Research roundup: Concussions

This issue addresses some of the latest literature in the growing field of concussion research and treatment.

Numerous news reports regarding the high prevalence and potential serious impact of concussion have raised awareness of the necessity of evaluation following any sort of blow or trauma to the head. While neuropsychologists, rehabilitation psychologists and others have developed specialized expertise in this arena, the likelihood is high that most psychologists in practice will encounter some clients with a concussion history or that some individuals will sustain a concussion while receiving treatment for other issues.

Psychologists will likely want to become more familiar with the latest literature in this growing area in order to know when to seek additional assessment, refer for specialty care, or modify planned interventions in order to best serve those with a history of concussion.

In addition to reviewing the following research summaries, psychologists are encouraged to explore the literature more completely to determine what may be useful to them in practice.

Karr, J.E., Areshenkoff, C.N., & Garcia-Barrera, M.A. (2014). The neuropsychological outcomes of concussion: A systematic review of meta-analyses on the cognitive sequelae of mild traumatic brain injury. Neuropsychology, 28(3), 321-336.

Concussion, also referred to as Mild Traumatic Brain Injury (mTBI) is a common type of neurotrauma, especially among athletes and military personnel. Numerous meta-analyses have investigated the effects of concussion, and the authors conducted a systematic review in order to streamline this information, with the following objectives:

  • To assess neuropsychological outcomes of concussion in past studies.
  • To identify cognitive effect of concussion and potential variables.
  • To qualitatively combine past study findings in an effort to inform concussion research and policy in the future.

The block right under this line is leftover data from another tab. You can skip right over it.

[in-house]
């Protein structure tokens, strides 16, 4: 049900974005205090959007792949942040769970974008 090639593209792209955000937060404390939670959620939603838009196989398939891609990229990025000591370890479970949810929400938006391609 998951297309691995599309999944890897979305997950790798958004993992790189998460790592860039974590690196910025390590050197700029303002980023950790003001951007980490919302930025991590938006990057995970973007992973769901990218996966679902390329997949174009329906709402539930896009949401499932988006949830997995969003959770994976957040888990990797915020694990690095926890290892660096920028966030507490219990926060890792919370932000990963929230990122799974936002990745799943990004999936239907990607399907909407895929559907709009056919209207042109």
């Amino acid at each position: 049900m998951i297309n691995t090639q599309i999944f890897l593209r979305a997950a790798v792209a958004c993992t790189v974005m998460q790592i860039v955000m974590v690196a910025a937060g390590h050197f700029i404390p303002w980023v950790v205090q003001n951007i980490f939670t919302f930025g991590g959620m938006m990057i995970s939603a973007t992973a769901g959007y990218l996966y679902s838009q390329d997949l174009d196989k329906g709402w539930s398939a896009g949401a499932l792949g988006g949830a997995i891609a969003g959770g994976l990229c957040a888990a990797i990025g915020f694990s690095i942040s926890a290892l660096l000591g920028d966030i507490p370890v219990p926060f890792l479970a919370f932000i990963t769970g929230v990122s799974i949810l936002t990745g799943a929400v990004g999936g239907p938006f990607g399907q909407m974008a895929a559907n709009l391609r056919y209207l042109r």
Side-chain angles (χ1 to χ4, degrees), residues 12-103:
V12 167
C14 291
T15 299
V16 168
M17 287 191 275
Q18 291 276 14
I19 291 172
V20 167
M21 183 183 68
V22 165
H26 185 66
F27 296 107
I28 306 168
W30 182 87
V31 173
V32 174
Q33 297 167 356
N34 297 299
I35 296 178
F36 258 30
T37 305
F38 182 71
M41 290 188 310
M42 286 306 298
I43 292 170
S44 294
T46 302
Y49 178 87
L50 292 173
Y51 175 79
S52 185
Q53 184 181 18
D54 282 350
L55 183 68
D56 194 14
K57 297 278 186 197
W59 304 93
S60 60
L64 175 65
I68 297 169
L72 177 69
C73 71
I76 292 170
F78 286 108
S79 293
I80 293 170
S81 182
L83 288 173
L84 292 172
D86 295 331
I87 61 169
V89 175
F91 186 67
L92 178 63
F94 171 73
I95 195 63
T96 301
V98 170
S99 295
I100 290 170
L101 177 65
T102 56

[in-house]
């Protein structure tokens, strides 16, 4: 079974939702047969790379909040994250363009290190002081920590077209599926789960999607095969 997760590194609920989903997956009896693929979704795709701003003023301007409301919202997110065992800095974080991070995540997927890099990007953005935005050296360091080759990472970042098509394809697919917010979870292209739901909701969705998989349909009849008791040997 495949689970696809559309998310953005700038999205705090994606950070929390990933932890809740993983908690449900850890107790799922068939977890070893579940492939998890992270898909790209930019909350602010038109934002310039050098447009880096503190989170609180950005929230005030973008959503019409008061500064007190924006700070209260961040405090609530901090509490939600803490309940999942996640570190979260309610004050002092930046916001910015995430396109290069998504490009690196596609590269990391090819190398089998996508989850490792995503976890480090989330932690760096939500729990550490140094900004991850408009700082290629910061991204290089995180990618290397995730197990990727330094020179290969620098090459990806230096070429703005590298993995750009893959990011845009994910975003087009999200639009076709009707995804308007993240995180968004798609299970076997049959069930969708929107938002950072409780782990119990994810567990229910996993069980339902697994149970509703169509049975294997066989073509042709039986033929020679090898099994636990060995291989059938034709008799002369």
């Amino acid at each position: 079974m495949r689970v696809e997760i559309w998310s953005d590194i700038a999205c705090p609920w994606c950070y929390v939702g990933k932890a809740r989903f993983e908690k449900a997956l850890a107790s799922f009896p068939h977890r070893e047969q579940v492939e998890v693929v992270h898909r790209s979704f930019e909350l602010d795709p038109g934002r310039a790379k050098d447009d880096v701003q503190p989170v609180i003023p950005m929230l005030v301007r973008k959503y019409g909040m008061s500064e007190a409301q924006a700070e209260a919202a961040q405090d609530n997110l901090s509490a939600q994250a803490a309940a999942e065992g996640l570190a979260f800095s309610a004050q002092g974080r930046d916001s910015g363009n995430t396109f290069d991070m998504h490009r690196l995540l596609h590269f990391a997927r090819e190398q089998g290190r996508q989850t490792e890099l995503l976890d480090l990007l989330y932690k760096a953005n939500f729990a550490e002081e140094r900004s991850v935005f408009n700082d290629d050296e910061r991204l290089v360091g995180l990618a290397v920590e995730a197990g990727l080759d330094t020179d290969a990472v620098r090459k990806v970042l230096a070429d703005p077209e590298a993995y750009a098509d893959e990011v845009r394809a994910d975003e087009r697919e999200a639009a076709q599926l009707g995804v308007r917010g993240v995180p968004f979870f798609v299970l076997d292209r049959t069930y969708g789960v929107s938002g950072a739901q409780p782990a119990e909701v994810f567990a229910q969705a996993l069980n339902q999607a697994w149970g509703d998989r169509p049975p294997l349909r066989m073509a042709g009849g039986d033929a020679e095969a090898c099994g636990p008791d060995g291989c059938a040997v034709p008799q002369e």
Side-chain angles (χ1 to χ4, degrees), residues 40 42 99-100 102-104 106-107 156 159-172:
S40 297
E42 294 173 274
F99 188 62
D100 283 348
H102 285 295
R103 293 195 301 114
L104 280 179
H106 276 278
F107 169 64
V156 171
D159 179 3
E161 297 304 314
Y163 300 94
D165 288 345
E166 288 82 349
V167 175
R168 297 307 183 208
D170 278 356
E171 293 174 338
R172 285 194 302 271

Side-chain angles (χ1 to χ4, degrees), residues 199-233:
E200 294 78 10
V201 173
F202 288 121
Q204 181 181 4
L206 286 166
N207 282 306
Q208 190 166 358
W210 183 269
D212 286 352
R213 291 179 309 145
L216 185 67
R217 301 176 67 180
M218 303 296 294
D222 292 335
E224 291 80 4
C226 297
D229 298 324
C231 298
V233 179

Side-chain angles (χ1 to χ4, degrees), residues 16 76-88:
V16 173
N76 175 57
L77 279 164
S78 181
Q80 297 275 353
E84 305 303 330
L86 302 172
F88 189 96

Eleven meta-analyses met the authors’ inclusion criteria. The data was then synthesized based on moderator variables, such as cognitive domain, time since injury, past head trauma, participant characteristics, comparison group, assessment technique and continuity of symptoms. 

The variability of design and sample characteristics in effect sizes across these meta-analyses yield four main conclusions:

  • Following concussion, long-term cognitive impact subsides in most people by 90 days post-injury although athletes may have more rapid recovery windows.
  • Being male, older and having more education resulted in smaller cognitive deficits within 14 days of concussion.
  • Recovery outlook is derived from an average estimate across all cognitive abilities. However, the path of recovery differs across cognitive domains. Effect sizes within most cognitive domains varied greatly across meta-analyses, demonstrating a narrow understanding of post-concussion deterioration.
  • An early meta-analysis characterized concussion as a frontal-executive injury. Yet, more recent studies have shown smaller effects for executive functions, although these self-regulatory capabilities seem to be hypersensitive to numerous concussions, perhaps suggesting that executive dysfunction is a marker of repeated head injury.
Echemendia, R.J., Iverson, G.L., McCrea, M., Macciocchi, S.N., Gioia, G.A., Putukian, M., & Comper, P. (2013). Advances in neuropsychological assessment of sport-related concussion. British Journal of Sports Medicine, 47, 294-298. Doi: 10.1136/bjsports-2013-092186.

With the aim of reviewing advances made in neuropsychological assessment, the authors performed a targeted literature search from 2000 to 2013 and identified articles containing the key words neuropsychological, neurocognitive, assessment, testing, and concussion and sports.

While there is no decisive evidence championing one method of neuropsychological assessment over another, traditional measures, computerized batteries and/or a combination of these approaches have their respective strengths and weaknesses.

Traditional testing has proven to be largely dependable and accurate when evaluating concussions, and can be tailored to the needs of the individual being assessed using large normative databases for comparisons. However, the need for face-to-face observation can lead to variance in test administration and traditional testing is time consuming.

Computerized tests, including the Immediate Postconcussion Assessment and Cognitive Testing (ImPACT) and Axon Sports, are portable and can be administered quickly. Recent studies show that computerized neuropsychological testing is efficacious when baseline data is unavailable. Unfortunately, computerized batteries rely on a small sample of cognitive functioning.

Concussed individuals can vary greatly in terms of symptoms, which can include physical and cognitive symptoms as well as serious psychological and emotional disturbances such as depression, anxiety, social isolation, frustration, anger and guilt. An individual may experience prominent symptoms in one domain, but only slight symptoms in another domain. Due to the complexity of concussions, neuropsychological instruments are essential but not the only method for determining when an athlete can return to normal activity.